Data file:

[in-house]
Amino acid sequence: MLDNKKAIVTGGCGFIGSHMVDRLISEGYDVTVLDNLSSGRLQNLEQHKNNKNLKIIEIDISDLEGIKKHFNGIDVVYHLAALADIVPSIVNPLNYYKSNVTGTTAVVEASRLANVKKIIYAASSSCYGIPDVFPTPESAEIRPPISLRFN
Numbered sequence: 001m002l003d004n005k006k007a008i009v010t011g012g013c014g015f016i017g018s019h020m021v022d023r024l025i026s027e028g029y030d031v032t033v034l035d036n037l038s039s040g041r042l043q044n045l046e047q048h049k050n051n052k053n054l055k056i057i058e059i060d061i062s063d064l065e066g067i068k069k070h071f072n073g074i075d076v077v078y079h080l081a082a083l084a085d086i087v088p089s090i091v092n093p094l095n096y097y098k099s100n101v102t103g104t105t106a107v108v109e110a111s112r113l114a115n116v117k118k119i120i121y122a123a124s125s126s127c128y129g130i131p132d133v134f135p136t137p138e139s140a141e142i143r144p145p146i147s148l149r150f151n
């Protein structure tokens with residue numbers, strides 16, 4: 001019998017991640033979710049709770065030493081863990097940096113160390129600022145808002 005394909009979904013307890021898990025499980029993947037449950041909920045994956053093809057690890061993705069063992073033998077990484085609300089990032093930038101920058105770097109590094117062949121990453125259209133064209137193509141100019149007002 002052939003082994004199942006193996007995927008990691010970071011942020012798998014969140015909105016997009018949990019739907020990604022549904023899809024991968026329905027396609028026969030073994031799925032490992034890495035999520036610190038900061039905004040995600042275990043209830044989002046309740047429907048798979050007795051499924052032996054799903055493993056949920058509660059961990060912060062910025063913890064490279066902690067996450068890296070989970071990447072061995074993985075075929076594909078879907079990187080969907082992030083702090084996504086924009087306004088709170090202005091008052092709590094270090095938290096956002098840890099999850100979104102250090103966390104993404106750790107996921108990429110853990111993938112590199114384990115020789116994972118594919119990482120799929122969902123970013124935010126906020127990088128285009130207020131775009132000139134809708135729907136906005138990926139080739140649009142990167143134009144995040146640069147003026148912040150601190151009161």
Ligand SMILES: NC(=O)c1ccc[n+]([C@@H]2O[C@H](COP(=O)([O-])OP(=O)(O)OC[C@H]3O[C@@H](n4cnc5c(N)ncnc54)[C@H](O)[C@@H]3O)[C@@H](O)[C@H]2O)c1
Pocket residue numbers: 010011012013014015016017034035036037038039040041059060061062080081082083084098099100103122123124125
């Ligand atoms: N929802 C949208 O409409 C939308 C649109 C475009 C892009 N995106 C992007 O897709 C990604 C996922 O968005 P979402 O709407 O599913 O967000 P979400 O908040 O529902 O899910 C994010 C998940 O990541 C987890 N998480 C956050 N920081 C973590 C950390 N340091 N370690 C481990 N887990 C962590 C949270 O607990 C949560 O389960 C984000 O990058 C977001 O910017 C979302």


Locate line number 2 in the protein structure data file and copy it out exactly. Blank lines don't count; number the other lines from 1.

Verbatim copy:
Amino acid sequence: MLDNKKAIVTGGCGFIGSHMVDRLISEGYDVTVLDNLSSGRLQNLEQHKNNKNLKIIEIDISDLEGIKKHFNGIDVVYHLAALADIVPSIVNPLNYYKSNVTGTTAVVEASRLANVKKIIYAASSSCYGIPDVFPTPESAEIRPPISLRFN